Conclusion: Findings suggest that the proposed filter is a useful tool for the analysis of physiological data especially in revealing very low frequency peaks which may otherwise be obscured by the 1/f spectral activity inherent in EEG/MEG recordings.

No MeSH data available.


Related in: MedlinePlus

Variation across frequencies of the output SNR for fixed SNRs of the input signal.
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Figure 11: Variation across frequencies of the output SNR for fixed SNRs of the input signal.

Mentions: Figure 10 shows the SNR for an input sine wave as its frequency is varied from 0.1 Hz to 12 Hz. It is clear that for every input frequency the SNR before filtering varies linearly with that after filtering. Moreover lower frequencies have a lower SNR after filtering due to the 1/f base spectrum. This is shown in Figure 11, where for a particular SNR before filtering, the SNR after filtering increases as the frequency of the input signal becomes higher. The curves in this figure can be approximated by an inverse 1/f, hence implying that the differentiator is attenuating lower frequencies more than higher frequencies hence compensating for the 1/f bias.


Distinguishing low frequency oscillations within the 1/f spectral behaviour of electromagnetic brain signals.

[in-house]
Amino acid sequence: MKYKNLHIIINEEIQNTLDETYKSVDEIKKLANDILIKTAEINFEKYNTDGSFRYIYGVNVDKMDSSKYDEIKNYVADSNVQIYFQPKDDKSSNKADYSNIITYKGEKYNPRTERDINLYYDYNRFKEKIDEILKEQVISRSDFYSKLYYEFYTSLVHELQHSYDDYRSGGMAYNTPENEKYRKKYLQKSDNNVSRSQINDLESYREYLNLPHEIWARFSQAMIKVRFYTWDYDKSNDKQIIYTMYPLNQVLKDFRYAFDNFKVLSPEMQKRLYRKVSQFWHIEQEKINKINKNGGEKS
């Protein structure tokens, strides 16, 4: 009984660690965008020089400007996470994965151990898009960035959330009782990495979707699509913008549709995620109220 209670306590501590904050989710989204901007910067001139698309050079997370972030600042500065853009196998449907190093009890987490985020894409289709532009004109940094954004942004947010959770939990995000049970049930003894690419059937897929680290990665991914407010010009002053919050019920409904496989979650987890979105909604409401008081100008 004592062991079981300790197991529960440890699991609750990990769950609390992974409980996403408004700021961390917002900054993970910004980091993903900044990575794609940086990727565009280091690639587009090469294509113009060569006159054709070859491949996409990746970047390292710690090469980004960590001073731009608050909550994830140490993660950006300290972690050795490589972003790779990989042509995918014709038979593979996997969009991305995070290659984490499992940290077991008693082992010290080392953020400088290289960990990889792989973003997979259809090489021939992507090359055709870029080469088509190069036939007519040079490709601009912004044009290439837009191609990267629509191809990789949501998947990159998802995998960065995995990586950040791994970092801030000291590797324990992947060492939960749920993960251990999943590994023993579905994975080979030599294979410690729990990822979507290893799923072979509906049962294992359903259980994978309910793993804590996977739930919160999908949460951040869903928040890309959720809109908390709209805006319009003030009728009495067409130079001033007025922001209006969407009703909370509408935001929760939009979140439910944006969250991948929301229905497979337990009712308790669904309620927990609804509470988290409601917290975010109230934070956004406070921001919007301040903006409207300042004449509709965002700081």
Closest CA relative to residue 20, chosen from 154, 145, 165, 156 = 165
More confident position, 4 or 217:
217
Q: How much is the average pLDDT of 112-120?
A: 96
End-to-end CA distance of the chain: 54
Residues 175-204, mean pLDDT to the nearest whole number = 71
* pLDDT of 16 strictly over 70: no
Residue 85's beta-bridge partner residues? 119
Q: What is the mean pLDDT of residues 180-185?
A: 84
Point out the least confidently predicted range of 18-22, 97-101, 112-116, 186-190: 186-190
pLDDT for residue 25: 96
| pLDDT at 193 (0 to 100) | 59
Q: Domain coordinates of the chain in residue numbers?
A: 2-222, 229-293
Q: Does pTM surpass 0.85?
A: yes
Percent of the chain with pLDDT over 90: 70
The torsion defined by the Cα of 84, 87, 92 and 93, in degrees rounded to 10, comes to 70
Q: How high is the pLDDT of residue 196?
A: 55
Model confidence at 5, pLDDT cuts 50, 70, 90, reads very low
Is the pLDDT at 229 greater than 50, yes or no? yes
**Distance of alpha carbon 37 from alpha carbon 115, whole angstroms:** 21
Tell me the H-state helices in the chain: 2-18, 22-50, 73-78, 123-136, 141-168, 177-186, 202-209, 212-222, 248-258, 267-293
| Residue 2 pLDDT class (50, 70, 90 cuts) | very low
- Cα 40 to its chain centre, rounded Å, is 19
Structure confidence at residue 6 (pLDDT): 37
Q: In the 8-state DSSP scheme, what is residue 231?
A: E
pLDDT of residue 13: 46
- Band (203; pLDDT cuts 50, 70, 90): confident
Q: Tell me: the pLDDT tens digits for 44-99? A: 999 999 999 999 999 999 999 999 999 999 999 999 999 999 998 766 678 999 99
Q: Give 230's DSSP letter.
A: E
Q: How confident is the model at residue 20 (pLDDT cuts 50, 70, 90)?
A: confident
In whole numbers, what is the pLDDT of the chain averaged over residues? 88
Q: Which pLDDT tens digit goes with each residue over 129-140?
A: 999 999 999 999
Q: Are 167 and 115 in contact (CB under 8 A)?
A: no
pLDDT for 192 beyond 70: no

Demanuele C, James CJ, Sonuga-Barke EJ - Behav Brain Funct (2007)

Variation across frequencies of the output SNR for fixed SNRs of the input signal.
© Copyright Policy - open-access
Related In: Results  -  Collection

License
Show All Figures
getmorefigures.php?uid=PMC2235870&req=5

Figure 11: Variation across frequencies of the output SNR for fixed SNRs of the input signal.
Mentions: Figure 10 shows the SNR for an input sine wave as its frequency is varied from 0.1 Hz to 12 Hz. It is clear that for every input frequency the SNR before filtering varies linearly with that after filtering. Moreover lower frequencies have a lower SNR after filtering due to the 1/f base spectrum. This is shown in Figure 11, where for a particular SNR before filtering, the SNR after filtering increases as the frequency of the input signal becomes higher. The curves in this figure can be approximated by an inverse 1/f, hence implying that the differentiator is attenuating lower frequencies more than higher frequencies hence compensating for the 1/f bias.